‘This is for Gaza’: George Galloway after winning Rochdale byelection

He won almost 40 per cent of the vote


A veteran British political disruptor has won a special election in a town in northern England with a big Muslim minority following a contest that was mired in chaos and controversy and dominated by the war in Gaza.

George Galloway, 69, swept to victory in Thursday's contest, winning almost 40% of the vote in the parliamentary seat of Rochdale.

In his victory speech, Galloway took aim at Keir Starmer, the leader of the main opposition Labour Party, who according to opinion polls is likely to become Britain's prime minister at the general election this year.

Keir Starmer, this is for Gaza," he said. "You have paid, and you will pay, a high price for the role that you have played in enabling, encouraging and covering for the catastrophe presently going on in occupied Palestine in the Gaza Strip.

Galloway, a former Labour member of parliament who was expelled from the party in 2003, also declared Labour is on notice and a shifting of the tectonic plates".

Labour said Galloway only won because the party pulled its support for its candidate, Azhar Ali, for suggesting Israel was complicit in Hamas' attack on Oct 7. Without the backing of Labour, Ali ended up coming fourth.

Galloway's victory means that from next week, Parliament will once again be home to one of the most eloquent orators from the left wing of UK politics, who will clearly use his position to raise his opposition to Israel's operation in Gaza.

George Galloway is someone who stokes up division and fear," said Ellie Reeves, Labour's deputy national campaign co-ordinator. "This isn't how we would have wanted this by-election to play out.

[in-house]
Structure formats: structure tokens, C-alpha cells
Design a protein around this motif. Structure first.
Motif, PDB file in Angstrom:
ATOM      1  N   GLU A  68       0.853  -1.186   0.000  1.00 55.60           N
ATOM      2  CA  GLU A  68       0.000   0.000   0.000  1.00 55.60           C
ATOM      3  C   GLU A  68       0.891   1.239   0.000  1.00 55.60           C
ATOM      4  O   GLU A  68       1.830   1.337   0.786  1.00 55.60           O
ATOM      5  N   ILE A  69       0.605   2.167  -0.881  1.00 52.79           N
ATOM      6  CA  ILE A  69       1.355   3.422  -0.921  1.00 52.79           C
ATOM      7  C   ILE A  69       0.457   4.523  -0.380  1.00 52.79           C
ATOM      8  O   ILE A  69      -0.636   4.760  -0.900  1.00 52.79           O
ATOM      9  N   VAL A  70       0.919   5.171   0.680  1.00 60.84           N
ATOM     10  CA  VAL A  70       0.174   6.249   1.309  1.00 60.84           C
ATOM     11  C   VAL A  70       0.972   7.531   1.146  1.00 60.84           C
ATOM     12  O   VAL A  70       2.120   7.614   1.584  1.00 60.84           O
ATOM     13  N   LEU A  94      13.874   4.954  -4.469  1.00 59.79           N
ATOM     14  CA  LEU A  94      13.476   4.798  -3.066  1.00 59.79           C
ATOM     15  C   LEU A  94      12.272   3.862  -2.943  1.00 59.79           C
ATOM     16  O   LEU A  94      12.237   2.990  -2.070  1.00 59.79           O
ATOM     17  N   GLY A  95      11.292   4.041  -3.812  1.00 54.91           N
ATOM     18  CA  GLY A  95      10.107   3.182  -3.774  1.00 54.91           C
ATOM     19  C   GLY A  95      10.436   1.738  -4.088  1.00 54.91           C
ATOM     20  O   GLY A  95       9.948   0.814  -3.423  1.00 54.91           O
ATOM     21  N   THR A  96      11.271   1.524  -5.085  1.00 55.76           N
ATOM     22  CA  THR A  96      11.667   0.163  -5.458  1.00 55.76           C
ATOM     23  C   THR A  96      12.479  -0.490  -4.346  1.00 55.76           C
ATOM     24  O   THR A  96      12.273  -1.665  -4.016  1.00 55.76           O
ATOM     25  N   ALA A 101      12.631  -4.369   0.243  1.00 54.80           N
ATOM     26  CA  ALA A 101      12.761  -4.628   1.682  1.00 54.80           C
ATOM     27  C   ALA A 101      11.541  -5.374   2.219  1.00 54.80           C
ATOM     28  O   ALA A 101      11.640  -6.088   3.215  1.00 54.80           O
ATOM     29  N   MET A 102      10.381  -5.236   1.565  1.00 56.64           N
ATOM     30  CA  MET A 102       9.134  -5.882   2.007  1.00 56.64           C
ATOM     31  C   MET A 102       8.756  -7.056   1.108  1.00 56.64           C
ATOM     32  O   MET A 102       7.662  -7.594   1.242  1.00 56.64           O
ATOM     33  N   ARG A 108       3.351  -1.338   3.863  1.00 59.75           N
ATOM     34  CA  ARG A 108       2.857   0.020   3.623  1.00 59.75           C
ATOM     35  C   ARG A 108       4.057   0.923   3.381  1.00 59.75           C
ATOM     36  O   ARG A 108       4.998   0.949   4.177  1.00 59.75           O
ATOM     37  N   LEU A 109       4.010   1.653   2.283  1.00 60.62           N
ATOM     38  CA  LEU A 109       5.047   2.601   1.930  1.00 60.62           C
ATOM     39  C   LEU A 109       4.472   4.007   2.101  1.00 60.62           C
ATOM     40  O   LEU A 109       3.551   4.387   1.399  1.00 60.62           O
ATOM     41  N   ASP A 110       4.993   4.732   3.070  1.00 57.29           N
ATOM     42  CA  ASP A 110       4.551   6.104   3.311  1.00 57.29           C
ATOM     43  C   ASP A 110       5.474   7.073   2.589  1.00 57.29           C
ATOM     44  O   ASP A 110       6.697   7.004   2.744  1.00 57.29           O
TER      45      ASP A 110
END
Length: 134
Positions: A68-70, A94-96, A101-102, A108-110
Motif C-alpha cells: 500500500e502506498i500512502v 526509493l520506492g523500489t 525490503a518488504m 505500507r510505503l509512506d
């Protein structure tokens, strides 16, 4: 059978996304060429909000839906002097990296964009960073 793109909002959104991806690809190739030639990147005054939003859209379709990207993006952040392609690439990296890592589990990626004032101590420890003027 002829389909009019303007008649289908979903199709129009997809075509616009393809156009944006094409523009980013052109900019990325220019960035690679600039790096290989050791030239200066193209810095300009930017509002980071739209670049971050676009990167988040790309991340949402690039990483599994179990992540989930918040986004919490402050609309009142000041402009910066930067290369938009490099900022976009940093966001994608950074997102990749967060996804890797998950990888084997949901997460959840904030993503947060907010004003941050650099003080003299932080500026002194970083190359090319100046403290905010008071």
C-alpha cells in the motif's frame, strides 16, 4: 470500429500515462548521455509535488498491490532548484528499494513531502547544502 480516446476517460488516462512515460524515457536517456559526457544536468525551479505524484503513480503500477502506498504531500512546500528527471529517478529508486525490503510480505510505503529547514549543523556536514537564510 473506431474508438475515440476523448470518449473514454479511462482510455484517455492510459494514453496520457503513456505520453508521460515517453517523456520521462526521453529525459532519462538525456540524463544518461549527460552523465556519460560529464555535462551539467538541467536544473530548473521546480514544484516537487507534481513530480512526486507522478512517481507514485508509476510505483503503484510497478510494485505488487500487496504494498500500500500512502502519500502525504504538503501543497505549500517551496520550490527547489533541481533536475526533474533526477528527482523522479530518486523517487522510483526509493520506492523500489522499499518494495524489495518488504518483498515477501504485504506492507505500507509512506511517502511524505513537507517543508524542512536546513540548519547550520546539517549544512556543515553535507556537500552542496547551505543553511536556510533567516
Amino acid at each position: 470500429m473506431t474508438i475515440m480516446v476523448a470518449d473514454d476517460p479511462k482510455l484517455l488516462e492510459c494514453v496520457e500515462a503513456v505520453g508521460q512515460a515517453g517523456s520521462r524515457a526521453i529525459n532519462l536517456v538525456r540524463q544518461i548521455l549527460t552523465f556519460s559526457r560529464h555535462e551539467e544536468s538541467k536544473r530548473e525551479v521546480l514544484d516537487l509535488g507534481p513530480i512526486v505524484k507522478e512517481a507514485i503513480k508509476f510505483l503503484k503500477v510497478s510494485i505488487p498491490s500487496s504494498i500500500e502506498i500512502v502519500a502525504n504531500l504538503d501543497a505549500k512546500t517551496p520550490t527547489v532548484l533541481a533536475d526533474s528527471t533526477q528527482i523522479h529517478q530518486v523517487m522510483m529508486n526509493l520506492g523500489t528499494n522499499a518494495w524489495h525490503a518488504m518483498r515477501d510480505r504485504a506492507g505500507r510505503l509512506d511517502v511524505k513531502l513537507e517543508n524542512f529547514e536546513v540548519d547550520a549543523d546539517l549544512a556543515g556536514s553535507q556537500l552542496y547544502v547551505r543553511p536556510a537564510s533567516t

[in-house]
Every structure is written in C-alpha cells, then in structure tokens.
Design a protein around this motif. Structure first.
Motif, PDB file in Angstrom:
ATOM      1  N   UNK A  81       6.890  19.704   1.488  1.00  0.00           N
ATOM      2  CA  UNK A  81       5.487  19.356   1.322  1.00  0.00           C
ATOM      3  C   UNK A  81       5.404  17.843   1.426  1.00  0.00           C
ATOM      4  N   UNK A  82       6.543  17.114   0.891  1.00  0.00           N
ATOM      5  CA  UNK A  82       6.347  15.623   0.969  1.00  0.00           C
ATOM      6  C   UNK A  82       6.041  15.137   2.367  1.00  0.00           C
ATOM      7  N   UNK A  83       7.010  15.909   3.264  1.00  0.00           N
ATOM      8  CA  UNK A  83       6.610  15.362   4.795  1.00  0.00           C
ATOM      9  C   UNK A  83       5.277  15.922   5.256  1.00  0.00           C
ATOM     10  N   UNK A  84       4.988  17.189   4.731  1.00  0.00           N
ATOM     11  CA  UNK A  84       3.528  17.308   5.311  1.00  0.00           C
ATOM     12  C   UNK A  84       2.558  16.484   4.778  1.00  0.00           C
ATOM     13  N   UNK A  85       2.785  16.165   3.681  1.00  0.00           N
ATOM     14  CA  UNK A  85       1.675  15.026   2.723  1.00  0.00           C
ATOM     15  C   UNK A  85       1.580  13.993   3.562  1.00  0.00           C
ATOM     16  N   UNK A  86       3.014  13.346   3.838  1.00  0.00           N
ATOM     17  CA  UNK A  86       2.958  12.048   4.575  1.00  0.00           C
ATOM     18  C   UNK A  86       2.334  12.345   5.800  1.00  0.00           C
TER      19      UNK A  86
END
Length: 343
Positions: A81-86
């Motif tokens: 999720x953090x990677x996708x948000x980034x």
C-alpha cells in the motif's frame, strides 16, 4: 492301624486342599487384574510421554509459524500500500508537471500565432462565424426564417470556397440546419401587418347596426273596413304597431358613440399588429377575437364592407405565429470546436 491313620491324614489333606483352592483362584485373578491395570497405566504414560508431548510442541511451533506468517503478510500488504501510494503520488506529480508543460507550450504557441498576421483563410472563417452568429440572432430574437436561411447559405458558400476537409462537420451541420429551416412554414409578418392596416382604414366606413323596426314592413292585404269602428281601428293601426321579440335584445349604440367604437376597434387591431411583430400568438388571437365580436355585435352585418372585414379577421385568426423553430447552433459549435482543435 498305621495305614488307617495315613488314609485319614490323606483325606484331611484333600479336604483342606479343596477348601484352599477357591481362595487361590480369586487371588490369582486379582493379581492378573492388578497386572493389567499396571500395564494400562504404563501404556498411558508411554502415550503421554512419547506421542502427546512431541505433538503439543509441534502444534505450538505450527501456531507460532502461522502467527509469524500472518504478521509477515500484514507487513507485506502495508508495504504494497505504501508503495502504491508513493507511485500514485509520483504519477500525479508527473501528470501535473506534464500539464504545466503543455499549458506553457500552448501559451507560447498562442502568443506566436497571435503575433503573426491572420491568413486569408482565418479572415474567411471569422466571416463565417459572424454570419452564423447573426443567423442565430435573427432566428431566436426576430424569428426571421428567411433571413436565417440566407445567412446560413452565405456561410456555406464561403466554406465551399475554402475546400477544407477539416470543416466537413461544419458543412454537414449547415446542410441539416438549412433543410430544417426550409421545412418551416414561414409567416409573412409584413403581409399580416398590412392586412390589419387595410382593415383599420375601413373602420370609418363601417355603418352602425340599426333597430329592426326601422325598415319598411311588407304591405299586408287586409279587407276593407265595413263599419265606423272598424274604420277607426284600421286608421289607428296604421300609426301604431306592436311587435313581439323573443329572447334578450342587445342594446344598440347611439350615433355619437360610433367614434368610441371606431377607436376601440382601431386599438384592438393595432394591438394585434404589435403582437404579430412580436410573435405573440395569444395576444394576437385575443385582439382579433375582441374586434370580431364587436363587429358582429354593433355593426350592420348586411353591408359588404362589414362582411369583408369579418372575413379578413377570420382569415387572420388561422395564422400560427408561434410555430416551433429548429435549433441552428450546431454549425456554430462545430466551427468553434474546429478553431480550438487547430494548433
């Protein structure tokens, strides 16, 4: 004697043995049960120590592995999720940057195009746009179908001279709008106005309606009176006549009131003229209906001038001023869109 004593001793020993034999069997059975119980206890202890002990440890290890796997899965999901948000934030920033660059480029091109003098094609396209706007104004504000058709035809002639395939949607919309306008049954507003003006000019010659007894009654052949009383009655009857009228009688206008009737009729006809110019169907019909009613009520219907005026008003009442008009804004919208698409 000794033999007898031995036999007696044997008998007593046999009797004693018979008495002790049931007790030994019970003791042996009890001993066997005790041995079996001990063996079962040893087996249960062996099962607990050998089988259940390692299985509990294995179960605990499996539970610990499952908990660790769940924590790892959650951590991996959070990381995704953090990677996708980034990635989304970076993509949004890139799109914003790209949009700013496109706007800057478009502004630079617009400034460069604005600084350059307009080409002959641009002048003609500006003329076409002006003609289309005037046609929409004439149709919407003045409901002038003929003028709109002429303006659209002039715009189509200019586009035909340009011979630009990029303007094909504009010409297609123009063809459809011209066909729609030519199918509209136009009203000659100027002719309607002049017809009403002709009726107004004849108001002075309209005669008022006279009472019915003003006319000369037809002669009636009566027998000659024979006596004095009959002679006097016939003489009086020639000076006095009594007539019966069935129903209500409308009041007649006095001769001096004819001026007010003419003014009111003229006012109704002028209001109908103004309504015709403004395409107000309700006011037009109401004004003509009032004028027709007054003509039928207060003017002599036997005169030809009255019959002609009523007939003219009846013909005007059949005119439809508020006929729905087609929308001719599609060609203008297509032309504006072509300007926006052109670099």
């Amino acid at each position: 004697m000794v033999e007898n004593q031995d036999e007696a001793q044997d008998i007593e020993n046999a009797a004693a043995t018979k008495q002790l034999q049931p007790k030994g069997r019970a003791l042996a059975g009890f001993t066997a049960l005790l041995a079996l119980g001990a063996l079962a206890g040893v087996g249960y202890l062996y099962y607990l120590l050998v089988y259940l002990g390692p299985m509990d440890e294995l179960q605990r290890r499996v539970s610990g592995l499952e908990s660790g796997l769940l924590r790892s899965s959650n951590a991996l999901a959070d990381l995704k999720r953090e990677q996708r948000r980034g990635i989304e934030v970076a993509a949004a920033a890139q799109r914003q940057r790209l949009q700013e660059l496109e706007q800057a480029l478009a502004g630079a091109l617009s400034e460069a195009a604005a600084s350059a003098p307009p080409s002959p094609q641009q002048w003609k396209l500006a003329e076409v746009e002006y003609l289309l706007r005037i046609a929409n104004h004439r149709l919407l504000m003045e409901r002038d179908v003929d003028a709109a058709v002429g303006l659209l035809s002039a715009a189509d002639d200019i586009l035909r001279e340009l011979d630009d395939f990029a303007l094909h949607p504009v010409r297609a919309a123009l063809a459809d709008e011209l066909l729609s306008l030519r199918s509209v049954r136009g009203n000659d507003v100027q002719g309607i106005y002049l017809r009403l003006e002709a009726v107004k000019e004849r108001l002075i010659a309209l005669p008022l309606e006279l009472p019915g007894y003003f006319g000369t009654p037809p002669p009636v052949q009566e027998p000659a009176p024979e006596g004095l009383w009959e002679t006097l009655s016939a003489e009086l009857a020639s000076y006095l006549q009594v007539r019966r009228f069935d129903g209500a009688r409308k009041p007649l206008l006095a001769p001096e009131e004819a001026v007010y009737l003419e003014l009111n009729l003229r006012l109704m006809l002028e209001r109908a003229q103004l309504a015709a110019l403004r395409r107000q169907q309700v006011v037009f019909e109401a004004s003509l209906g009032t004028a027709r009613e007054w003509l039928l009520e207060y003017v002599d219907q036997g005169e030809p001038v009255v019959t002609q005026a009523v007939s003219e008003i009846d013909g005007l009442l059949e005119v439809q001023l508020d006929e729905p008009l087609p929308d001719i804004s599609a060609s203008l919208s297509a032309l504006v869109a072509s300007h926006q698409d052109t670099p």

The constituency of Rochdale has traditionally been a Labour seat, one where the governing Conservative Party makes little headway. Its candidate came in third.

Galloway, who now leads the Workers Party of Britain, started out his political career half a century ago as a firebrand left-wing Labour MP for a constituency in Glasgow.

He has been a controversial figure for decades, and faced widespread opposition for meeting in 1994 the then Iraqi dictator Saddam Hussein and telling him: "Sir, I salute your courage, your strength, your indefatigability.

In 2004, he returned to Parliament as a lawmaker for the anti-war Respect Party after a special election in a heavily Muslim seat in east London, but was defeated at the general election the following year.

He was elected again at a special election in 2012 with a swing of 37% from Labour to Respect but lost his seat once more in the election of 2015.

In 2019 Galloway was fired from a talk-radio show for a social media post that the radio station judged antisemitic.

As well as being an eloquent advocate for his political views, which saw him take US Senators to task in 2005, Galloway has also courted ridicule, most notably in 2006 when he impersonated a cat in the reality television show Celebrity Big Brother.

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